Some constant wear patients go through a phase of morning corneal edema which clears after waking. These symptoms are slight and in some cases disappear after a few weeks of wearing.
In view of the corneal metabolism, the chemical and physical properties of the lens are very important. The hydrophilic lens should not selectively absorb by-products of metabolism, toxins and enzymes, concentration of which might eventually lead to tissue damage.
3. Good optical properties:
The material of the lens should be optically clear with refractive index close to 1.43 (refractive index of tears), and should be chemically and physically stable in order to retain its optical qualities.
Practically all, if not all, commercially available soft contact lenses that could be considered for extended wear incorporate HEMA (2-hydroxyethyl methacrylate) in compositions with other monomers of high hydrophilicity, methacrylic acid and N-vinylpyrrolidone, or are made of silicone rubber.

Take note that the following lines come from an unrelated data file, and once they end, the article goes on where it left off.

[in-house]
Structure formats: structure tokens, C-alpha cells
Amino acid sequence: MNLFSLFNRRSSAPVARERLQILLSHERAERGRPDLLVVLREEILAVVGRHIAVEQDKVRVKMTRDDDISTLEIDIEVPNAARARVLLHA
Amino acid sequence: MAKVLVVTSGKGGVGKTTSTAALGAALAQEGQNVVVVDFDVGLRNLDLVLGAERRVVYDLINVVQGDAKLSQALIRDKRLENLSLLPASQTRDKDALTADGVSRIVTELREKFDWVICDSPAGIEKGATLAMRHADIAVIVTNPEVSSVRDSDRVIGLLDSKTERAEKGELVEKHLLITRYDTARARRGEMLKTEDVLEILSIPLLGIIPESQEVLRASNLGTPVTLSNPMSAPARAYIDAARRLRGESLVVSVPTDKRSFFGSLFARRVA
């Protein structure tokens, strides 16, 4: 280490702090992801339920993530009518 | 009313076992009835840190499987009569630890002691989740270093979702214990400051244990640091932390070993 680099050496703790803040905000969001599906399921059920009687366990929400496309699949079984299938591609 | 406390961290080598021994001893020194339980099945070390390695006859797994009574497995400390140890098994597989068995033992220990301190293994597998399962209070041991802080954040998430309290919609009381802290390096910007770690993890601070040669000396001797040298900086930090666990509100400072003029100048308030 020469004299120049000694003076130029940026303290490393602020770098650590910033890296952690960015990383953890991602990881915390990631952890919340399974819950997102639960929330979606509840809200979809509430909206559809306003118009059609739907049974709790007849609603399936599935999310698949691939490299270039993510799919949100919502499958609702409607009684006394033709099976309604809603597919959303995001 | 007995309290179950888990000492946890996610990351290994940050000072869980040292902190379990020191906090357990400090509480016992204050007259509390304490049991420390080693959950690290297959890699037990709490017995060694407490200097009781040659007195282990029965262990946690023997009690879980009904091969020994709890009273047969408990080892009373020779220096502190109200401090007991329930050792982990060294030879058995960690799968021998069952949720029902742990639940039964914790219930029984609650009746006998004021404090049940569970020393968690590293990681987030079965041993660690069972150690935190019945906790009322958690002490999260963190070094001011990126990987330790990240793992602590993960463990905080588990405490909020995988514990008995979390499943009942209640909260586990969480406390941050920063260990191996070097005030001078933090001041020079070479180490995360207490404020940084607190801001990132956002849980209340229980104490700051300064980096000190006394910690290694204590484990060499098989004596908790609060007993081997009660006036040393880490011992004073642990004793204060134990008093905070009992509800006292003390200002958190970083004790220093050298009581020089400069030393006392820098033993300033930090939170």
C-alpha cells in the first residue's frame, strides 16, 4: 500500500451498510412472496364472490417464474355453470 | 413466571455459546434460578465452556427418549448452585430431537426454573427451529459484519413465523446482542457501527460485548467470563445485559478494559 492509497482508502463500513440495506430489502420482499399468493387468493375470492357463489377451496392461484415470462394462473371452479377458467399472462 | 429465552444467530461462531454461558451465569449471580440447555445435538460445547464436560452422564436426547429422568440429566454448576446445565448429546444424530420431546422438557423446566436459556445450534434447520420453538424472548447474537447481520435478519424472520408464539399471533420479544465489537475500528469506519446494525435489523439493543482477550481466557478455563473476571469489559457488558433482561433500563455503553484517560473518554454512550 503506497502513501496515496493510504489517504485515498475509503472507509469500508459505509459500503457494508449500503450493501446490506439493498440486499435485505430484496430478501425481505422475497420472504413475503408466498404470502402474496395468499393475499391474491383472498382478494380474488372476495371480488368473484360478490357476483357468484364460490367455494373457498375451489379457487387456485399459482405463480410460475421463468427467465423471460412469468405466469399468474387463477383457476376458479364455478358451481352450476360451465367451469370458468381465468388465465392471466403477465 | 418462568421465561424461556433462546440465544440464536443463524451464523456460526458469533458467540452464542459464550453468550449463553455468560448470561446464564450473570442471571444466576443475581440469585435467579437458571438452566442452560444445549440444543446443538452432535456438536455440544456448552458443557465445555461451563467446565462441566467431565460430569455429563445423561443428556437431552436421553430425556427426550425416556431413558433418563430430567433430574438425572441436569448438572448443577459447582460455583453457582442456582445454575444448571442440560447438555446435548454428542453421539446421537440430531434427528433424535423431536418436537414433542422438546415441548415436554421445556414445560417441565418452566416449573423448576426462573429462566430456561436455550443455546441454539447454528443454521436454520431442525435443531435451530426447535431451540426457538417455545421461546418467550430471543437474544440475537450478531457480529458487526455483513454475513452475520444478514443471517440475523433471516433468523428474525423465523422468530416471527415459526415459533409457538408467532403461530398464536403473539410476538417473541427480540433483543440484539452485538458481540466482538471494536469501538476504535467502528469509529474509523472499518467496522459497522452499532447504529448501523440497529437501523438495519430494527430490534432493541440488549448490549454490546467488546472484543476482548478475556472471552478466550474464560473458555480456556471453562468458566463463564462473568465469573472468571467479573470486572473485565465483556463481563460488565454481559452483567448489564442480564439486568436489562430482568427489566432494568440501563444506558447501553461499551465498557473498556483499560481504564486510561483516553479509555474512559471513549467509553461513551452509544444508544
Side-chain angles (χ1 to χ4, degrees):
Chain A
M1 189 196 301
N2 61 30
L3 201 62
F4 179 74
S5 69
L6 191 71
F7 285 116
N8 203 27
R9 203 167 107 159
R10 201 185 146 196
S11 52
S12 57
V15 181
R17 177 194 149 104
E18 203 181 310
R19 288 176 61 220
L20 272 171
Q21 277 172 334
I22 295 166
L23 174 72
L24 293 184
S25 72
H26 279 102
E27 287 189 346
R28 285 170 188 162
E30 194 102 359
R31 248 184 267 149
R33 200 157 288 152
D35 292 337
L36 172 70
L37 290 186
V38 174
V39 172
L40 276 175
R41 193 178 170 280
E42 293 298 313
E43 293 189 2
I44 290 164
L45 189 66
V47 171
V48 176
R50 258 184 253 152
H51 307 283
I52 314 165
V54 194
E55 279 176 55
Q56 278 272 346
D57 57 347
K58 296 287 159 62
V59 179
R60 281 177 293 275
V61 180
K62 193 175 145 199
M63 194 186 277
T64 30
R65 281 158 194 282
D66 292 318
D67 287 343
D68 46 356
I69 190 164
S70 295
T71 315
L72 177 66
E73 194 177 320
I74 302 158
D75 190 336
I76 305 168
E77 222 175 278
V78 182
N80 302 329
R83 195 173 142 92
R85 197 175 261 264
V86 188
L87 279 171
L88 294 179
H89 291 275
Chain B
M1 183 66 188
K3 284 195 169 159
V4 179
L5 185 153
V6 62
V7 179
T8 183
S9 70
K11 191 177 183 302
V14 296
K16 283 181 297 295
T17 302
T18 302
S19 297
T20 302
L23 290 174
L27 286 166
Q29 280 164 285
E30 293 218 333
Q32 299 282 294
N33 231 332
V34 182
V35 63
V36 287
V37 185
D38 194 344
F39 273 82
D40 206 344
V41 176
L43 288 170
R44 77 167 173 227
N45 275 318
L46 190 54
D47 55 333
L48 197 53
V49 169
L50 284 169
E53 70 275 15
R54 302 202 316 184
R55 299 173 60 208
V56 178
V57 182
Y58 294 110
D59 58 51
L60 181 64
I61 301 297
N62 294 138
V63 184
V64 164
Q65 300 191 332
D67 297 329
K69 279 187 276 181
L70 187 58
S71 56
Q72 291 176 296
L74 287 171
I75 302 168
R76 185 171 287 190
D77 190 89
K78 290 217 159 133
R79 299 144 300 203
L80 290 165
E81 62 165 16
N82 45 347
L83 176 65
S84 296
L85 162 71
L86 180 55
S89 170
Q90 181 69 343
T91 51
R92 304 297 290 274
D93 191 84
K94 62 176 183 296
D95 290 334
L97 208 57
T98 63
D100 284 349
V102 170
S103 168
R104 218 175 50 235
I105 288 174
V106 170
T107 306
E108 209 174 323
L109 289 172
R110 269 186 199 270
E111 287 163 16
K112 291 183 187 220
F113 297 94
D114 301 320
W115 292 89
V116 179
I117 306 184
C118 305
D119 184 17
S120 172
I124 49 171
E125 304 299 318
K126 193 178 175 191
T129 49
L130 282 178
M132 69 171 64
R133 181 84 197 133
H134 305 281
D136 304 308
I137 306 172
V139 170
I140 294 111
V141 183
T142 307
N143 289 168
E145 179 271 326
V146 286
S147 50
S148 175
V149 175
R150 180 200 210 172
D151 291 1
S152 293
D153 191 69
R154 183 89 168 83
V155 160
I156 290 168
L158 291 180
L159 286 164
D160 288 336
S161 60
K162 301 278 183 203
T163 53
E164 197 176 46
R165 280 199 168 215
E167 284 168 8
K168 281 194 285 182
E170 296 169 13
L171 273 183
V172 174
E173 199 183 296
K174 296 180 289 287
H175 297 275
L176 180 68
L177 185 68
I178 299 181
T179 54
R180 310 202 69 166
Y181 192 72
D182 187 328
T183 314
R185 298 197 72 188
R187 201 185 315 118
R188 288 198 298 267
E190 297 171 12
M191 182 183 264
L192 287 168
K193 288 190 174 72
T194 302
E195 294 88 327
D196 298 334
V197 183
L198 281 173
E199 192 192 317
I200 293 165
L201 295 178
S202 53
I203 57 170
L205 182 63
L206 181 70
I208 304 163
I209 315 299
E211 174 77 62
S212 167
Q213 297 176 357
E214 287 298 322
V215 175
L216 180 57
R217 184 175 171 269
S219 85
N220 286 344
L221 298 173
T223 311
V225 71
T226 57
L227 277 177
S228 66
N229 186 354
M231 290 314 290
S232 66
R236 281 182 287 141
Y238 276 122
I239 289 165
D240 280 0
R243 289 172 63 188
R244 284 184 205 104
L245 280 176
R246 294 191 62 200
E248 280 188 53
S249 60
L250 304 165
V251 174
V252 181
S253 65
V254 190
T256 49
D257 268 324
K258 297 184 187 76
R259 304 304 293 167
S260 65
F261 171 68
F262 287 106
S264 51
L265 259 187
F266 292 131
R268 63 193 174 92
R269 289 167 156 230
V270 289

The group of lenses using highly hydrophilic monomers face several important problems. Mechanical strength of these high water content copolymers is inferior and the lens in order to withstand handling has to be made thick. Since oxygen permeability is directly related to membrane thickness, the advantage of high water content is cancelled out by the thickness.
Deposits on lenses are also a great drawback to continuous wear. Therefore, methacrylic acid, which has a negatively charged carboxyl group on the molecule, will attract oppositely charged particles contributing to lens contamination.
Another widely used material to improve hydrophilicity is N-vinylpyrrolidone. Tensile strength of these copolymers is again very low and moreover N-vinylpyrrolidone decreases heat stability of the system. Lenses with high N-vinylpyrrolidone content cannot be sterilized by autoclaving without permanent damage and discolorization.